Resisting the pull of cynicism since 1969.

Saturday, February 10, 2007

"Winning it all" is not desirable

In response to some of my friend Confused's comments in my "Out of the mouths of innocents" post, where she talked about how Canadians had "voted for a minority government," Joseph from Canada's Debate responded:

I didn’t vote for a majority or a minority, I voted for a single MP, and I wanted my party to win it all.
The first part of this statement is a simple fact--Canada's voting system does, in fact, mean that we get only one vote, and so we have to direct our preferences for the local riding and for the shape of the government into the same action. The second part of this statement, though--the part that says "I wanted my party to win it all"--is personal to Joseph. And I'm curious how many people feel the same. Putting aside questions of what was realistic, I'd like to know how many of you thought the ideal outcome of the last election would have been a majority government consisting only of the party you voted for. 'Cause I'll tell you quite honestly that wasn't the case for me. And this is due not to a lack of faith in the NDP, but to a well-founded nervousness about single-party majority governments.

I wonder how many Canadians are aware how rare it is across the world's democracies for a single party to assume complete control of a country's governance. Parliamentary systems that use some form of proportional representation to elect their MPs
--that is, most parliamentary systems--tend to form stable government coalitions in which multiple parties govern together. In some countries, like Germany, there have even been government coalitions when a single party did manage to squeak out a majority on its own, simply because it's seen as better to have a strong multiple-party majority than a weak majority alone. Even the U.S., which still elects its Congress by means of the outdated first-past-the-post voting system, has checks and balances in place to make it unlikely for the same party to control the House of Representatives and the Senate and the Presidency. Only in Canada and a few other countries is it considered normal to want one party to "win it all."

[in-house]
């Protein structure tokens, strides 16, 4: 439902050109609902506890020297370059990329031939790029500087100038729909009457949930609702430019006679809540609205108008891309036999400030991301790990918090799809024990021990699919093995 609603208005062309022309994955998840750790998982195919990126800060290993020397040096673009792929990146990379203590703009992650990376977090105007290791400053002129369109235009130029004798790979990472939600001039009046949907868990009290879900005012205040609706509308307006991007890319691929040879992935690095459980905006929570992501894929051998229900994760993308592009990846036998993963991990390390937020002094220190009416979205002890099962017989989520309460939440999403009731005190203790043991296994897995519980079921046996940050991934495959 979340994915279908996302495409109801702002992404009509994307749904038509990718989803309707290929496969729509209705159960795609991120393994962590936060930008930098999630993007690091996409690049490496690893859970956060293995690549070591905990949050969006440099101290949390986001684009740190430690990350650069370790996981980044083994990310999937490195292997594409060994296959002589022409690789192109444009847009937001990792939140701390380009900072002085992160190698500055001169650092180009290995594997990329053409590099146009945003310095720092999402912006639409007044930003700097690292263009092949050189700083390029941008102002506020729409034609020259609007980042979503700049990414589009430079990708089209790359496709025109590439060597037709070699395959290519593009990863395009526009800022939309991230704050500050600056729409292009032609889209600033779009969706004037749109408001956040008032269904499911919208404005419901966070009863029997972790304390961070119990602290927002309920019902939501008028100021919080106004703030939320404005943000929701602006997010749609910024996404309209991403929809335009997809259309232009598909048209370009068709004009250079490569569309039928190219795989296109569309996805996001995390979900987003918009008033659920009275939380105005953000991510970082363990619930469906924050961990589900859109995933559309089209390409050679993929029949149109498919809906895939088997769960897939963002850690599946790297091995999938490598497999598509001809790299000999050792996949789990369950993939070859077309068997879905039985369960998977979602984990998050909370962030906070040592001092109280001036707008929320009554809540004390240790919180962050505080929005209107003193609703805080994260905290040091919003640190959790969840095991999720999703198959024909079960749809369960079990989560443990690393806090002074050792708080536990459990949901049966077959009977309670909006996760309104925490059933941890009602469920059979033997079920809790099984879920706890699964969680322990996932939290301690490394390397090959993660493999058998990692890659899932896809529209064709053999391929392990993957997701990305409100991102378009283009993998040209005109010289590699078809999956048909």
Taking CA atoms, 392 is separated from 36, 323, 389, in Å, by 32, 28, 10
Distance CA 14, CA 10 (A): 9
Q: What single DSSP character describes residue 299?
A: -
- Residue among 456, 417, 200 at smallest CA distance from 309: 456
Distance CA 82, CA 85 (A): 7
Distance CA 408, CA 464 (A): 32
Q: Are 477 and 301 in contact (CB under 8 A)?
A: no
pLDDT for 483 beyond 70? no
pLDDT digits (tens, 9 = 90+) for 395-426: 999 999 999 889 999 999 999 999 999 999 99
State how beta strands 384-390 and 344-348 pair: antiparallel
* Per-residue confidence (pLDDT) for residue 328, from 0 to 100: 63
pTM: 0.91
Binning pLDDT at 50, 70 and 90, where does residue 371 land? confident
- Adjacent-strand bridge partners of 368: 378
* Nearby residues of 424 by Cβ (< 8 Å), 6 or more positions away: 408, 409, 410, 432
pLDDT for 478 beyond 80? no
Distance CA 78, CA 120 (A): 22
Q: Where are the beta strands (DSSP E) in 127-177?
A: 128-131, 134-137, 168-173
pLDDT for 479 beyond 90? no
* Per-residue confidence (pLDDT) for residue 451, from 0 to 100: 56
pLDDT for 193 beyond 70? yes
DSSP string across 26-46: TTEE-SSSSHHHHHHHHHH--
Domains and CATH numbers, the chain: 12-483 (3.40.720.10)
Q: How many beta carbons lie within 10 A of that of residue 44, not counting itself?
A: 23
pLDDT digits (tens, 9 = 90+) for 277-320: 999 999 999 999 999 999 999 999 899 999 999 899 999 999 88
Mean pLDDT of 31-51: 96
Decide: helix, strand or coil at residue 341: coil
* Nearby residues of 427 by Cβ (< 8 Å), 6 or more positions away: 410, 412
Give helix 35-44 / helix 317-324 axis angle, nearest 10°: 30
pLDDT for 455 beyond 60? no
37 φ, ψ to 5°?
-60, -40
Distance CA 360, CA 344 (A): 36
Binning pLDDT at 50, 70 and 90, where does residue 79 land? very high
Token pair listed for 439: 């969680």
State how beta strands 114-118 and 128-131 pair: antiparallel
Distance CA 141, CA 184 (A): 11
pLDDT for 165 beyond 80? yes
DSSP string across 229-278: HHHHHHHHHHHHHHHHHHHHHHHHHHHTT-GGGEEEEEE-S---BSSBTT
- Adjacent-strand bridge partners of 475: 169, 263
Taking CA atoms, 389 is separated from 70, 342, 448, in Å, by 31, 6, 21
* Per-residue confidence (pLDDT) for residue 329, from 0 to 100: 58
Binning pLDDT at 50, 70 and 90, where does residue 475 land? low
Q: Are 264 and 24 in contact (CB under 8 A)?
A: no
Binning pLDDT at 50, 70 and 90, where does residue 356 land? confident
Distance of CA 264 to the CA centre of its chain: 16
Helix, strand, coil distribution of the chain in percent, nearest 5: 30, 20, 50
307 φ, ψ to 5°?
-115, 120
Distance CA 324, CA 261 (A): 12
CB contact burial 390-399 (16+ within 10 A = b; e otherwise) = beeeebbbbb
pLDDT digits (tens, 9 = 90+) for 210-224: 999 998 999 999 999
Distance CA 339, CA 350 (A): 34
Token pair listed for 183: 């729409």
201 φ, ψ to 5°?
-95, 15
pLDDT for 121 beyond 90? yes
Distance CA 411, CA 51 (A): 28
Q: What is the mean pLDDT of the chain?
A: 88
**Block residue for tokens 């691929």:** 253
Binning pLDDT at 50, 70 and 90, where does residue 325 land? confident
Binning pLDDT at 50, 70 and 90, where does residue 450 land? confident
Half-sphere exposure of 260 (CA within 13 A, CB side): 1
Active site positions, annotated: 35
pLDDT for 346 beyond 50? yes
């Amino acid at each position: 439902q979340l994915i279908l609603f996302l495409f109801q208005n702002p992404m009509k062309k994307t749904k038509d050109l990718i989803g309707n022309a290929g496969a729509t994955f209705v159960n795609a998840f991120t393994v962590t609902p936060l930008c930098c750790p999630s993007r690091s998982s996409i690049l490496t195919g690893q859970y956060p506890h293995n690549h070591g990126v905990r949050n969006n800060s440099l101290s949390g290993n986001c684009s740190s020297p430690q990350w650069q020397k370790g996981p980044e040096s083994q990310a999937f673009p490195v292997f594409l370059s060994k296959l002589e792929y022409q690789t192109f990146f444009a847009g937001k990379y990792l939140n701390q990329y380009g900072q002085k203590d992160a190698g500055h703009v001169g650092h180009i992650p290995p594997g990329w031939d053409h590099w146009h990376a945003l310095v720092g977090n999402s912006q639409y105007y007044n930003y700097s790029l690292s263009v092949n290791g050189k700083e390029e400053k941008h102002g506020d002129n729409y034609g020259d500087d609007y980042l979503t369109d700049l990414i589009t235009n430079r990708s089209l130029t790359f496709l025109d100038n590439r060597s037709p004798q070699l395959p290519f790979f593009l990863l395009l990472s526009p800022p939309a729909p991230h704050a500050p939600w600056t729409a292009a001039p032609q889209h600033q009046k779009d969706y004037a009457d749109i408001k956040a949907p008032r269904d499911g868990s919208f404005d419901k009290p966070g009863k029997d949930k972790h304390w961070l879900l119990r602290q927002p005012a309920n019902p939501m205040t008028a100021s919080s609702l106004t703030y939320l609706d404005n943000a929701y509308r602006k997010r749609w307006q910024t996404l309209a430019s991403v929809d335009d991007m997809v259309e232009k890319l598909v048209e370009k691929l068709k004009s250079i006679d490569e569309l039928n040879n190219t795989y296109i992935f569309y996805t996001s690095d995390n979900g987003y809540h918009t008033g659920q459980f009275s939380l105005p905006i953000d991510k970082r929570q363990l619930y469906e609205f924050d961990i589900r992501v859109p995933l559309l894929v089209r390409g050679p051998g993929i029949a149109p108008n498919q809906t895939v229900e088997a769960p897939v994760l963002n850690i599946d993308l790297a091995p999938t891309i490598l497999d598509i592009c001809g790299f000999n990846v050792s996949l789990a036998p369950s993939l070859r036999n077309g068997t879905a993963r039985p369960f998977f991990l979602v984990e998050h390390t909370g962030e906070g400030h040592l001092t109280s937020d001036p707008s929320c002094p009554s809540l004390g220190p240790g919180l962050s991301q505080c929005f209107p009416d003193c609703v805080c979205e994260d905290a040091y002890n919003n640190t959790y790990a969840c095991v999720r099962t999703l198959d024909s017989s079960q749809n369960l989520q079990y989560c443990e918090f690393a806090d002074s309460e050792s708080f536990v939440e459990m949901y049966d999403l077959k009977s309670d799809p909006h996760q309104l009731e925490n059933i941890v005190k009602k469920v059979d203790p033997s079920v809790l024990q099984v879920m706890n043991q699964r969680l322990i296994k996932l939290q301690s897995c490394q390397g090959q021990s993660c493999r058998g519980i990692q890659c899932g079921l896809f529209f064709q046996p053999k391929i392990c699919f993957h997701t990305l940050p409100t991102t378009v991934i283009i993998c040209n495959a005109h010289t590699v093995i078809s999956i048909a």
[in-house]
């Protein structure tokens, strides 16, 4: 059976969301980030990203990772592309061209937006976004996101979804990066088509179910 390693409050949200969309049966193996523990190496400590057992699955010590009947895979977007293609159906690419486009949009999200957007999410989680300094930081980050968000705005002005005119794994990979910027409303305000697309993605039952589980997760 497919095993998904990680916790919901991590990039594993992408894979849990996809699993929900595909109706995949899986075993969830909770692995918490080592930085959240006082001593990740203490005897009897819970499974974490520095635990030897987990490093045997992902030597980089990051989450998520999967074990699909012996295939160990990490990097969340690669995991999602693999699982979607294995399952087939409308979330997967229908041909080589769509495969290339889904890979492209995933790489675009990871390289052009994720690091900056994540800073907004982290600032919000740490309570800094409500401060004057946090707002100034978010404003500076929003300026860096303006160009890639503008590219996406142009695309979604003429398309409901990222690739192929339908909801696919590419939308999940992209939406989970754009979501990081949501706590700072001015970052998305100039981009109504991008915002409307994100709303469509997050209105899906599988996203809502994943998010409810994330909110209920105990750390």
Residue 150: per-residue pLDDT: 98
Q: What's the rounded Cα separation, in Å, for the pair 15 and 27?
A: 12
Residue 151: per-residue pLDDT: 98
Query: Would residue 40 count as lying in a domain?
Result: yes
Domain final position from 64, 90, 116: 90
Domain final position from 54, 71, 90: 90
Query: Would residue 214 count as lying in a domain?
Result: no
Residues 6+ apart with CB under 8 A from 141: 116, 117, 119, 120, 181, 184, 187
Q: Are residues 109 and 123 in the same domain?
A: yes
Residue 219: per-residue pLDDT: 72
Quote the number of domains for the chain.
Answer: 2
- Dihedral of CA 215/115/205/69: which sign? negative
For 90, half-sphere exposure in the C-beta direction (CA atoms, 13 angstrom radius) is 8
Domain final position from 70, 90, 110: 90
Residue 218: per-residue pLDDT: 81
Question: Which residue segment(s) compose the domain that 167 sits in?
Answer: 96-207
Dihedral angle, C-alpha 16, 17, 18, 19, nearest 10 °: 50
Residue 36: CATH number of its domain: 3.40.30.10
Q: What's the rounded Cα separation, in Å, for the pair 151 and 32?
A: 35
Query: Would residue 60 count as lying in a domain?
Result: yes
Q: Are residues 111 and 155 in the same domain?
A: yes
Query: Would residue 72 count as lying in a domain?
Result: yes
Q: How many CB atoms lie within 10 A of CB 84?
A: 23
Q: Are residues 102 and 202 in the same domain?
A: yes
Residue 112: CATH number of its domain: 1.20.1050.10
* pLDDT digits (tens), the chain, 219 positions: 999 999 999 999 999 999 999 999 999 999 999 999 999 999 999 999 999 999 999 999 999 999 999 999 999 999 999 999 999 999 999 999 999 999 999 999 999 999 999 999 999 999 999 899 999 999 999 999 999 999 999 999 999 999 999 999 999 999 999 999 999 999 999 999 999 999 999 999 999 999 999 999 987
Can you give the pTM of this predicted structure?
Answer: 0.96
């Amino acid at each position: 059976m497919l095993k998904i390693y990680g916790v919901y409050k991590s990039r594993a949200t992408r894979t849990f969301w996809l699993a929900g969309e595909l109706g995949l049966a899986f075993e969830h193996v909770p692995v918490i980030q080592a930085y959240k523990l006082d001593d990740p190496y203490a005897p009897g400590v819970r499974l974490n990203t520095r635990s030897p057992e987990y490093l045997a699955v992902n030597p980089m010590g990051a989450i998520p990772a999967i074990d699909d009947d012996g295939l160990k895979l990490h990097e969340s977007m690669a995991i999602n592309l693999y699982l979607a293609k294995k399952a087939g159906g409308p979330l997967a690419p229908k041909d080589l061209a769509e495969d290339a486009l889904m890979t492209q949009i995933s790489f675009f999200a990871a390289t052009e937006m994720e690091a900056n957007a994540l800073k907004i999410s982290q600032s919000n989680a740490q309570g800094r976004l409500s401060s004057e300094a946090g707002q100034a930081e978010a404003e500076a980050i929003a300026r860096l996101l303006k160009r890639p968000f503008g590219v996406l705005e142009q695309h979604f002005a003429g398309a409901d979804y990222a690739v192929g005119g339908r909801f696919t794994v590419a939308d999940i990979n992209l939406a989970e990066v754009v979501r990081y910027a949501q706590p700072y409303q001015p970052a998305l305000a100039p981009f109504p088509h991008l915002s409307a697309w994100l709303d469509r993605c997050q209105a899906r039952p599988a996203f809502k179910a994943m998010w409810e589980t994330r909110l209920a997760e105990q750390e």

A smart British historian once mused that "power tends to corrupt, and absolute power corrupts absolutely." And unfortunately for us, a look at many of Canada's longest-running single-party majority governments--the federal Tories under Mulroney, the federal Liberals under Chrétien and Martin, and the Alberta PCs for most of recent history--doesn't exactly seem to contradict that. Given the combination of this and the unlikelihood of Canadians uniting behind any single political party these days, isn't it time to start thinking seriously about a better way of doing things? One that looks more like the successful political cultures of stable European democracies, and not like giving in to the worst aspects of our current political culture?

16 comments:

Wednesday Keller said...

Although I agree with you there are valid historical reasons for this.

Given that the Dominions are birthed from the British parliamentary tradition where the House of Lords were the senior body, where the Prime Minister and the monarch often agreed, and of course the validity of a single party in charge when a democracy was facing off against a series of polities that were all ruled by near-absolute monarchs.

That said our system is sadly out of date today. However I tend to think something along the Australian model with a Senate that has power (and is elected under STV) and whose members regularly serve in the cabinet is at least something we should explore. Opening the Constitution should not be the bug-a-boo it is if we just want to do incremental change.

Of the other dominions Australia follows a model where the Senate has real power and New Zealand has a unitary but MMP system (that said, it hasn't worked out as well as expected there—the minor parties have continued to weaken and both National and Labour have been able to generally operate as if they were in charge by themselves. In addition the 4th Labour government and the National government following would have been unable to implement the unpopular but needed economic policies to save New Zealand from becoming a third world country if it been under MMP).